Timing of Future Canadian Central Bank Rate Increases Has Become Less Certain

March 6, 2019

The Bank of Canada’s second policy review of 2019 left the overnight interest rate target unchanged at 1.75% but made important changes in the economic outlook and future policy guidance.

When the Governing Council last met eight weeks ago, it concluded that “the policy rate will need to rise over time into a neutral range to achieve the inflation rate.” The bolded words had been added to the forward guidance from a statement released at the final review of 2018. The implied lessening urgency to act sooner rather than later was consistent at the time because of a temporary slowdown of growth in late 2018 and projected for early 2019.

A new statement released today, however, observes that the slowdown late last year turned out to be “sharper and more broadly based” and concedes that “it now appears that the economy will be weaker in the first half of 2019 than the Bank projected in January.” In light of this shift, moreover, projected CPI inflation through most of 2019 is expected to run “slightly below the 2.0% target.”

The statement’s final paragraph in which forward policy guidelines are communicated stops short of the example of Australia’s central bank, which has begun suggesting the next rate change could be a cut rather than an increase. Upward rate bias at the Bank of Canada has been maintained. There’s no hint in the statement whatsoever of a possible cut, which would constitute a policy reversal. There have already been five increases of 25 basis points, implemented respectively in July and September of 2017 and then January, July and October of last year.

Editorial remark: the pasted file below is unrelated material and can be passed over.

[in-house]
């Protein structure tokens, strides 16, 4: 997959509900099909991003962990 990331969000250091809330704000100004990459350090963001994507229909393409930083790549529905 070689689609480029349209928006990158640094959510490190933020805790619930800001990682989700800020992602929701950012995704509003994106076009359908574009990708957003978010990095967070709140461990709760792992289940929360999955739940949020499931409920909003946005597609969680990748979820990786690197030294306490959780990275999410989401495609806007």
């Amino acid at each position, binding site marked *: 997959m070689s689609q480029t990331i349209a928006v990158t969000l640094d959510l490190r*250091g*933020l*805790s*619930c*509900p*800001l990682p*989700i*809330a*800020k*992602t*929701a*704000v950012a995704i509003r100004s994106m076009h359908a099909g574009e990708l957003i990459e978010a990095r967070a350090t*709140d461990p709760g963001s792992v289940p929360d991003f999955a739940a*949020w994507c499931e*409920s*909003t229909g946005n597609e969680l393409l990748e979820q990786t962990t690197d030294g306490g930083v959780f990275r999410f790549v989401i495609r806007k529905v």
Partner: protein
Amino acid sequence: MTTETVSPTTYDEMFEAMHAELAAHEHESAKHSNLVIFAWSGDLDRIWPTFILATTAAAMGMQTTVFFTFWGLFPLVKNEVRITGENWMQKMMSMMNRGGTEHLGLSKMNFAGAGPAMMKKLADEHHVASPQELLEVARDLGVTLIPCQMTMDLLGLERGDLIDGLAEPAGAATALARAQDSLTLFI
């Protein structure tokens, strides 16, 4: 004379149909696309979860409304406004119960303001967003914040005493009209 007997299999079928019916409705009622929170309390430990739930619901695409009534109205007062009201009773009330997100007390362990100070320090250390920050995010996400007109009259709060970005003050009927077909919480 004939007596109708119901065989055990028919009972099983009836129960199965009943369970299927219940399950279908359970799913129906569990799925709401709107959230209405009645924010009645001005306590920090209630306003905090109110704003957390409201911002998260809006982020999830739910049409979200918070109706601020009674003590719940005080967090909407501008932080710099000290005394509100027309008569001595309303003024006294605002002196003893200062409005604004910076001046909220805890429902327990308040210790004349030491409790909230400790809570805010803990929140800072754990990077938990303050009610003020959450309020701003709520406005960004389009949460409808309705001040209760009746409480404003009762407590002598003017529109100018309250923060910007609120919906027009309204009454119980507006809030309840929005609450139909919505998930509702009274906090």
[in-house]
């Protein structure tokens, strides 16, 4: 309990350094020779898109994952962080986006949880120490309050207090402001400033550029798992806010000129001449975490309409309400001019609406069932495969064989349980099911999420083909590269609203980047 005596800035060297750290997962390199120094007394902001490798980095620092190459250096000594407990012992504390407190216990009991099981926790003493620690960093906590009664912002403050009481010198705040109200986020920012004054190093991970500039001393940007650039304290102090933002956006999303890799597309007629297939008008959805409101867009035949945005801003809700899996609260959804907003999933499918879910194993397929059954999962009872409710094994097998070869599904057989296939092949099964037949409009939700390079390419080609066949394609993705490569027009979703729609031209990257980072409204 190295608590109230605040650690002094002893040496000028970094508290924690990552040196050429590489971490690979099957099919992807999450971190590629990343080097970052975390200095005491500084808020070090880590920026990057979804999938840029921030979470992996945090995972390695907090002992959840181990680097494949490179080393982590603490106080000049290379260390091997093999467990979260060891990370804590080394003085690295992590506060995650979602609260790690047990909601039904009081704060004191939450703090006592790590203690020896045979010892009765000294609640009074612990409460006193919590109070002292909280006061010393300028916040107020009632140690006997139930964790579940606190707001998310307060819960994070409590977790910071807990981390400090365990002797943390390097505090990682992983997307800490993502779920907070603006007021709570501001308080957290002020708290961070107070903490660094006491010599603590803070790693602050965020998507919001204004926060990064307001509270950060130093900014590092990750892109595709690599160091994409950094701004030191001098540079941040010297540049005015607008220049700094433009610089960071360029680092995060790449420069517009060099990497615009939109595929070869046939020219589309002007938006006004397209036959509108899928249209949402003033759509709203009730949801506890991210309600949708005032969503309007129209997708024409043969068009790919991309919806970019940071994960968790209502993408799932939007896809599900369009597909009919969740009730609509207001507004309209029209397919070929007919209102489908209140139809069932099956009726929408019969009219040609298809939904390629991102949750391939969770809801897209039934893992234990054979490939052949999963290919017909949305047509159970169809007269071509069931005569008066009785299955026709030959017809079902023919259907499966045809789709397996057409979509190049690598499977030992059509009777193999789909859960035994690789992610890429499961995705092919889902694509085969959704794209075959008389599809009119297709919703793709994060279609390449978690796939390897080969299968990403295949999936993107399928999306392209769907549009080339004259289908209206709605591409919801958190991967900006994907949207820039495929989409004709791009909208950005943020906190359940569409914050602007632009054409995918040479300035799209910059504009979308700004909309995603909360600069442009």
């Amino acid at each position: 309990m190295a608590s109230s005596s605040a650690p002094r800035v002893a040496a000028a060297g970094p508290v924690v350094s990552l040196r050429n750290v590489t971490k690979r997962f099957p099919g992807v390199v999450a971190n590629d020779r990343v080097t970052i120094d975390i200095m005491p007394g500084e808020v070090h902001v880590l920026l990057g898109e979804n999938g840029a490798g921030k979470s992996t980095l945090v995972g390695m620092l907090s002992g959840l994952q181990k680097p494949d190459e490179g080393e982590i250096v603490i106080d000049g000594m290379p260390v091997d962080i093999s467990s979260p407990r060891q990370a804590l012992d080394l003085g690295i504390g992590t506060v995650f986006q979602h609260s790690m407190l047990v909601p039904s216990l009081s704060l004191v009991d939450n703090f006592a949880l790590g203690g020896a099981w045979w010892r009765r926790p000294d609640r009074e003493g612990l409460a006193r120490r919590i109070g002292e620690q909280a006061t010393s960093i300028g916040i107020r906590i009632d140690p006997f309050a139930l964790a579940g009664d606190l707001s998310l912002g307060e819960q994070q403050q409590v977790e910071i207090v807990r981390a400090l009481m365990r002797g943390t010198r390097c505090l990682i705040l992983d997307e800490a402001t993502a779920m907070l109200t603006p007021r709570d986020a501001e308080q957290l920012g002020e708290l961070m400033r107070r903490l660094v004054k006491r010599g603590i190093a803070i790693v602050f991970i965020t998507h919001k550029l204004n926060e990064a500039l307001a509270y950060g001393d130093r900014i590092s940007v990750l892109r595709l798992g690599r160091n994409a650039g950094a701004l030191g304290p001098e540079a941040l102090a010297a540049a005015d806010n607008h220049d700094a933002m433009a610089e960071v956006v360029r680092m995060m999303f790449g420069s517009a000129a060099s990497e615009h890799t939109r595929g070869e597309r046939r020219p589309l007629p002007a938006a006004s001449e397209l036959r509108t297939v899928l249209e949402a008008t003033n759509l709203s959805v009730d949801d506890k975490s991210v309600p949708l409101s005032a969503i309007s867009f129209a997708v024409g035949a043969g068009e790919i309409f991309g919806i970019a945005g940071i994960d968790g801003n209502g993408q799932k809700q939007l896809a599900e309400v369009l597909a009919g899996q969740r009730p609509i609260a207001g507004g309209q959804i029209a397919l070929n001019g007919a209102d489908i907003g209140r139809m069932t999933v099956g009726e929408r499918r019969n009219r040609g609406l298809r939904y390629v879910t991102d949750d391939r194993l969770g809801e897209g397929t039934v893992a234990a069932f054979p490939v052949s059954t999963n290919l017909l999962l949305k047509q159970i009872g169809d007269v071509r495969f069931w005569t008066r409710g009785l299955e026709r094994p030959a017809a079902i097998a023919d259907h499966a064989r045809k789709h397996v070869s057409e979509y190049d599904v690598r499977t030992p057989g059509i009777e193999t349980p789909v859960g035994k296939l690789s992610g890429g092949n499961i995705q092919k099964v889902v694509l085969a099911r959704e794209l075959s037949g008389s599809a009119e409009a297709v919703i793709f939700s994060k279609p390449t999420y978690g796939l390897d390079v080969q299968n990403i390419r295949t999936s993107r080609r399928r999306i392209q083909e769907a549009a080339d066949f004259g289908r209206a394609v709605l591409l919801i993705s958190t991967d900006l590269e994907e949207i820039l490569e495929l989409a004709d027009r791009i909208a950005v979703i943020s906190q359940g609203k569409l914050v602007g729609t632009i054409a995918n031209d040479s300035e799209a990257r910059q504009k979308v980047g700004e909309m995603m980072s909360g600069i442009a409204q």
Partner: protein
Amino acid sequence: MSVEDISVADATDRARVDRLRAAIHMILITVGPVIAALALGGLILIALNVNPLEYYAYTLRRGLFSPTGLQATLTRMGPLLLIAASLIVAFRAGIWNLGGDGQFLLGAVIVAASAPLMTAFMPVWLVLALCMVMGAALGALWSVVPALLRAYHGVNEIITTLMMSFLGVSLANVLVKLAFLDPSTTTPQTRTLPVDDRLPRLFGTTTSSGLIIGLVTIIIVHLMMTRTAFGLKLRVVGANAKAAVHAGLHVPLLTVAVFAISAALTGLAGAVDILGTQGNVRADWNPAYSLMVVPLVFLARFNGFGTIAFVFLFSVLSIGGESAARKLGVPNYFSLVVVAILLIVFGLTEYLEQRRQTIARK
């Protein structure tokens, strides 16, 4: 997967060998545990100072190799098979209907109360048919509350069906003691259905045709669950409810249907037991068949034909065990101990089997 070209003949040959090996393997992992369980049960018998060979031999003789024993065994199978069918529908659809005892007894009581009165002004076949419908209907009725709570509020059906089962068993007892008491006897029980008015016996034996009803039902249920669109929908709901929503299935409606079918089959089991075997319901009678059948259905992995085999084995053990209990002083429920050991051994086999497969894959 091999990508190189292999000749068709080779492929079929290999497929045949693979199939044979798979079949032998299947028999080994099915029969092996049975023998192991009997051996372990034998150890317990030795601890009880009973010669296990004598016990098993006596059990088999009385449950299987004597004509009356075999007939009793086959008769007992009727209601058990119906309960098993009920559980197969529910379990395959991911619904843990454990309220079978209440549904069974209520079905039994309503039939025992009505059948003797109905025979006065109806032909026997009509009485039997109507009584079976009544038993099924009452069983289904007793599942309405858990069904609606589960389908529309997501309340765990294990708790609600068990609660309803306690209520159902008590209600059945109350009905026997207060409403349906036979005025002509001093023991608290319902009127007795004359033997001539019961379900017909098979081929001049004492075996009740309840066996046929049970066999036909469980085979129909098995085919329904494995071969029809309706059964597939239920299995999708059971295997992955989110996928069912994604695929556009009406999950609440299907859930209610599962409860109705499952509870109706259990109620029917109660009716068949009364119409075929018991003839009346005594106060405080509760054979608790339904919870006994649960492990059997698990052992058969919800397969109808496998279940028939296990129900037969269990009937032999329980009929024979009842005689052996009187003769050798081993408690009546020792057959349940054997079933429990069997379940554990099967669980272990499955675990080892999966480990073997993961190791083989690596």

While recently previous policy reviews had maintained the intention of returning the central bank rate target to a “neutral range” (i.e. levels that neither boost nor restrain aggregate demand), the new forward guidance “judges that the outlook continues to warrant a policy interest rate that is below its neutral range” and then inserts ambiguity regarding any future normalization and even whether the rate ultimately climbs to a neutral level.

Given the mixed picture that the data present, it will take time to gauge the persistence of below-potential growth and the implications for the inflation outlook. With increased uncertainty about the timing of future rate increases, Governing Council will be watching closely developments in household spending, oil markets, and global trade policy.

Today’s statement makes no reference to the Canadian dollar per se but includes a few sentences that not subtly lay blame for the global slowdown at U.S. President Trump’s feet, whose elevation of the U.S. trade balance to a top policy priority led to threatened and actual tit-for-tat tariff hikes.

While the sources of moderation appear to be multiple, trade tensions and uncertainty are weighing heavily on confidence and economic activity. It is difficult to disentangle these confidence effects from other adverse factors, but it is clear that global economic prospects would be buoyed by the resolution of trade conflicts. 

Copyright 2019, Larry Greenberg. All rights reserved. No secondary distribution without express permission.



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